Q&A Expert Spotlight
With the implementation of a new non-potable ordinance, how were Langan engineers able to satisfy sustainability measures without impacting cost?
With concerns of drought conditions and increased water demand as population increases, San Francisco created a non-potable water program that promotes sustainability and establishes guidance and policy frameworks to overcome barriers for onsite water reuse. The program advocates systems that recycle nonpotable water — such as rainwater, graywater and foundation drainage — for nonpotable uses, such as toilet flushing and irrigation.
Transbay Block 9 is one of the first developments to implement a non-potable water program. Design of the multi-family residential tower was already underway when the city passed the ordinance to create the program and mandate new developments over 250,000 GSF to participate.
The new requirements forced a change to the building’s entire plumbing system and architectural programming because of different spacing requirements to house the system. Consequently, midway through the strategy and planning phase – also known as 50% Construction Documents, Langan engineers had to move quickly to come up with a strategy to comply with the new ordinance.
As a result, our site/civil team assisted the design team in developing a plan that integrates a non-potable system with the existing stormwater management system. By combining both systems into one, the project increased sustainability measures onsite and saved the owner money. Furthermore, the volume of stormwater captured offsets the building’s non-potable demand (i.e. toilets) by over 20% by retaining and reusing stormwater rather than using potable drinking water. The remaining 80% of the building’s water demand is met by harvested and treated graywater. These methods contribute to sustaining a viable system in reusing water resources instead of exhausting scarce water sources.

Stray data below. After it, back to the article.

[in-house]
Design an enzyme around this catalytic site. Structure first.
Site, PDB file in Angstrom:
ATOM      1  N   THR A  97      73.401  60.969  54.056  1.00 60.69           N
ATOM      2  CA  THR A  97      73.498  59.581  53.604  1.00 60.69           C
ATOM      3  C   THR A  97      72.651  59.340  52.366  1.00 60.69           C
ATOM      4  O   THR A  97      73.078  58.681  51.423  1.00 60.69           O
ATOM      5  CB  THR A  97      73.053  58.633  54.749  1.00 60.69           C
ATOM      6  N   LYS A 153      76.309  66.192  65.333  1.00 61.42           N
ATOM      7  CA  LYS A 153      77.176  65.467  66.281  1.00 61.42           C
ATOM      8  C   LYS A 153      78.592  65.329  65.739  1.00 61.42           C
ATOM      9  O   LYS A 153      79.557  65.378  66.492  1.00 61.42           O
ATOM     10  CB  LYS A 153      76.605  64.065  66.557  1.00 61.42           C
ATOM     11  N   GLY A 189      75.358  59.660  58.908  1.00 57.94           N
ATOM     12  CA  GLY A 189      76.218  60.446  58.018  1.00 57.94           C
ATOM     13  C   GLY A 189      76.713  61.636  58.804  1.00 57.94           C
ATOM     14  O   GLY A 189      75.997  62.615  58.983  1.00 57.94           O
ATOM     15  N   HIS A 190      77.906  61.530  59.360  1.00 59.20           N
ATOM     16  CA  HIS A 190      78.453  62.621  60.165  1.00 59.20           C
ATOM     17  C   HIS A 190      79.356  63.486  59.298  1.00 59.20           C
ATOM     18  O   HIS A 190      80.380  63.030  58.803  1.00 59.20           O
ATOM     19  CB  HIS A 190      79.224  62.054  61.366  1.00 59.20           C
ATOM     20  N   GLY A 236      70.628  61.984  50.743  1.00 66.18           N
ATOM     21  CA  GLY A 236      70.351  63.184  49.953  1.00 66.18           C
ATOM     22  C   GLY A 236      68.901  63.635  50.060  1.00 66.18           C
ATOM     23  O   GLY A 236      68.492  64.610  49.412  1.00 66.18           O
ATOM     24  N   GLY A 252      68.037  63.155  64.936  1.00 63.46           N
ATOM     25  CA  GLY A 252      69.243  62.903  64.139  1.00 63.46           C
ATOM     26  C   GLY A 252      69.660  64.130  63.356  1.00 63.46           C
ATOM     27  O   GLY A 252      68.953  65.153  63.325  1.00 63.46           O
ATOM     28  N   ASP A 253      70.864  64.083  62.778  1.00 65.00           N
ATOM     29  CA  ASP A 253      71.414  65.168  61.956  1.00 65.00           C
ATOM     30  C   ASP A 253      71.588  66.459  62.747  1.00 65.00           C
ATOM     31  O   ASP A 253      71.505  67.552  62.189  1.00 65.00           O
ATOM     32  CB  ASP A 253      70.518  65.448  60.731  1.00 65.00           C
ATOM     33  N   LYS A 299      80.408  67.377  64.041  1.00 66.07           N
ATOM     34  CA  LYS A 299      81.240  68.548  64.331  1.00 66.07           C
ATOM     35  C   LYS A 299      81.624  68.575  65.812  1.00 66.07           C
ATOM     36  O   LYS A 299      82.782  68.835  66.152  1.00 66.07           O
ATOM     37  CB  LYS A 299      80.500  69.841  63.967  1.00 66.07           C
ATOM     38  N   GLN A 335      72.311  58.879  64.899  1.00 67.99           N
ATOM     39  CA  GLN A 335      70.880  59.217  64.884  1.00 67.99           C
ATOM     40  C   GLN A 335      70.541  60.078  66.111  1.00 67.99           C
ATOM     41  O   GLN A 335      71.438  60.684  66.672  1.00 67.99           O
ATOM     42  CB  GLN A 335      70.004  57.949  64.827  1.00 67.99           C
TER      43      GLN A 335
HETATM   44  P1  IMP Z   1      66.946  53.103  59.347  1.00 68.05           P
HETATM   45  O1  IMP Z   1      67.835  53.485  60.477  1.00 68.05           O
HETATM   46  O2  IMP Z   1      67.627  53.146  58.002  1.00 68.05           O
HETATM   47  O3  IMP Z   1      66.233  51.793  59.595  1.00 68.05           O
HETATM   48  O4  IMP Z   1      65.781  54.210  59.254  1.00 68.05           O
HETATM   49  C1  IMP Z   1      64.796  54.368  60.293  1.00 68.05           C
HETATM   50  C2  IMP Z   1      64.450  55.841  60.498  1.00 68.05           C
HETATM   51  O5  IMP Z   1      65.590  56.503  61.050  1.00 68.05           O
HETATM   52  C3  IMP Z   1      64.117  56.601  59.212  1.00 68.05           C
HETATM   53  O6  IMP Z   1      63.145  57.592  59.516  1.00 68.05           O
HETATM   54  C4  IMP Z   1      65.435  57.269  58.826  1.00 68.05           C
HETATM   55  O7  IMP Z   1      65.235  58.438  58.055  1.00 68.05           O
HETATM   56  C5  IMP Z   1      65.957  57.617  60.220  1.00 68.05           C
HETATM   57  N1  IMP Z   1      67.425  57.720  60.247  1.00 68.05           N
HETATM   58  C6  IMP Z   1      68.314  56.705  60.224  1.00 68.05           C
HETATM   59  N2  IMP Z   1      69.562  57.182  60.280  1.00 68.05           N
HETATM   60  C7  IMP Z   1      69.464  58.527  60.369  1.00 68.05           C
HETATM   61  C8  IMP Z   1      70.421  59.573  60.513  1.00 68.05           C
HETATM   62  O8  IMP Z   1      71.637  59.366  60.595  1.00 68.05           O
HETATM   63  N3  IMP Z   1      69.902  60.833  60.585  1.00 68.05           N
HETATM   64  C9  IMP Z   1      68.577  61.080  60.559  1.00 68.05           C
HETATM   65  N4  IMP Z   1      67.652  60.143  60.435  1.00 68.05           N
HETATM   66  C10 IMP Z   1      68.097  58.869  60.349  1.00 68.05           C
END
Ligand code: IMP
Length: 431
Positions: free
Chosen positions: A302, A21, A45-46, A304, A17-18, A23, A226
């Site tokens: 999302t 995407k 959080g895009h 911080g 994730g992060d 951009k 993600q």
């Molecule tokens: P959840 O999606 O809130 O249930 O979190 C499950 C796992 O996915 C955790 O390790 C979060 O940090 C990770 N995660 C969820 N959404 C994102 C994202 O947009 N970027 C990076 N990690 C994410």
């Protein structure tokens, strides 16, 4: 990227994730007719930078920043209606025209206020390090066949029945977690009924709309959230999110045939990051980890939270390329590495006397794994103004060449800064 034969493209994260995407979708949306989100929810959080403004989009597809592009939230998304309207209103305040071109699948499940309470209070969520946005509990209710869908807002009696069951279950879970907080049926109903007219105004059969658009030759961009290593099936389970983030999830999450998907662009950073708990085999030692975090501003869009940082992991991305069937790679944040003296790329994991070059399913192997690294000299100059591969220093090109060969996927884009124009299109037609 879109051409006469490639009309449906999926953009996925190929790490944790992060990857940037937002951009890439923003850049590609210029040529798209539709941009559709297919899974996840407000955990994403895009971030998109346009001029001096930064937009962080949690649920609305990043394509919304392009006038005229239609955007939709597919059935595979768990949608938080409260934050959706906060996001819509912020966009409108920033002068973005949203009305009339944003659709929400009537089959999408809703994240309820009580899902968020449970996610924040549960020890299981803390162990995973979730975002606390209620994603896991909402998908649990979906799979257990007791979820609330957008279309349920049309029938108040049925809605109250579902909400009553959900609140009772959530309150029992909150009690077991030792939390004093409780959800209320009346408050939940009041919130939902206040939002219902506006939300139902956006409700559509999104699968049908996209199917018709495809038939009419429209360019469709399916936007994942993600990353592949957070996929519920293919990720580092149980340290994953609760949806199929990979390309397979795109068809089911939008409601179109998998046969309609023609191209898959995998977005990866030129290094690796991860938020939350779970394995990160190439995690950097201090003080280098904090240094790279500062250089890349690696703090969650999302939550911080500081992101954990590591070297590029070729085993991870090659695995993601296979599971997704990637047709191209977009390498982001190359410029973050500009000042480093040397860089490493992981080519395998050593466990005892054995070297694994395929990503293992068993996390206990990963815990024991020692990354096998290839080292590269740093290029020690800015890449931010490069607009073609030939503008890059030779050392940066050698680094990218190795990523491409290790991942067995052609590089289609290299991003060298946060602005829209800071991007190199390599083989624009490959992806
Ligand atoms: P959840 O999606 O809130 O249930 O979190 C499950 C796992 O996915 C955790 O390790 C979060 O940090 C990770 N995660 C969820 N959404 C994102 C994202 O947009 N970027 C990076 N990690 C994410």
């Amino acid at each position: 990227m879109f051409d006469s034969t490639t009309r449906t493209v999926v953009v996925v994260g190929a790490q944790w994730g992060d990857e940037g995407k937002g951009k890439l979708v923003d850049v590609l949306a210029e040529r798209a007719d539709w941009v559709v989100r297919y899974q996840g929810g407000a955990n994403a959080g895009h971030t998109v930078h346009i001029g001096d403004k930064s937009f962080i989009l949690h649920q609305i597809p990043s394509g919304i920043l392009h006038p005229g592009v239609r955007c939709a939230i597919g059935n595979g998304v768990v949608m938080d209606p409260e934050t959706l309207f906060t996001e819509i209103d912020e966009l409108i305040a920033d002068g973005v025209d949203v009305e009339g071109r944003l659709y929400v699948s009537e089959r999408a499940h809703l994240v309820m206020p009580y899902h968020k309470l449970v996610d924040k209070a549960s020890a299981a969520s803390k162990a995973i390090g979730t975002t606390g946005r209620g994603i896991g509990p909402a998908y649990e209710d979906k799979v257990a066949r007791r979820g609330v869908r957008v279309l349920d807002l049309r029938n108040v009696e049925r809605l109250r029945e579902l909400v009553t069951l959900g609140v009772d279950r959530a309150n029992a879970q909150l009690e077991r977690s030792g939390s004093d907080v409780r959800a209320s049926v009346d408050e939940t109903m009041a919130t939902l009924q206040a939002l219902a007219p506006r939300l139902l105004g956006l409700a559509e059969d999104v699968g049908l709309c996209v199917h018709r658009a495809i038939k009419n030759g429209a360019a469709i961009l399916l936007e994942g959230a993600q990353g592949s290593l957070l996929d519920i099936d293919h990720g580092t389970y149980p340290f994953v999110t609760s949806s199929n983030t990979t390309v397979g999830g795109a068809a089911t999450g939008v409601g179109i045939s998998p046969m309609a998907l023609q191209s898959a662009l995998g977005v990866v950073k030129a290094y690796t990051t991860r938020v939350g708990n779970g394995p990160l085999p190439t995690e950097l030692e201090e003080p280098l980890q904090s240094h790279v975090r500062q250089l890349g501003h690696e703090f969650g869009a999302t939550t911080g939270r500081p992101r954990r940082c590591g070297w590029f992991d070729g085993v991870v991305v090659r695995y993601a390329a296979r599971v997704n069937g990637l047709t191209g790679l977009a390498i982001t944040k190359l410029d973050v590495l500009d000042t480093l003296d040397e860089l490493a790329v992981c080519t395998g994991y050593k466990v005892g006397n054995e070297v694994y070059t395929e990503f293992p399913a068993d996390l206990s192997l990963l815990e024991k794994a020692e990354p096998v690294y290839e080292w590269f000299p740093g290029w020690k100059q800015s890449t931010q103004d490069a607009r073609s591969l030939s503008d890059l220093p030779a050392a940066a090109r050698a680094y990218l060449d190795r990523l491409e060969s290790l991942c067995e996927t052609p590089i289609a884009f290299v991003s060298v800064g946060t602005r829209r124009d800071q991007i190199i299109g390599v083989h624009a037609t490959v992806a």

Answer provided by Pamela Nieting, PE, LEED AP, QSD/P, Senior Project Manager
Pam has over 10 years of experience specializing in permit acquisition, site feasibility and planning studies, sustainability and LEED design, ADA compliance, state and local ordinance, and redevelopment projects. Her experience also includes stormwater management and performing design and analysis of site grading, utility design, hydrologic and hydraulic analysis, and cut/fill analysis.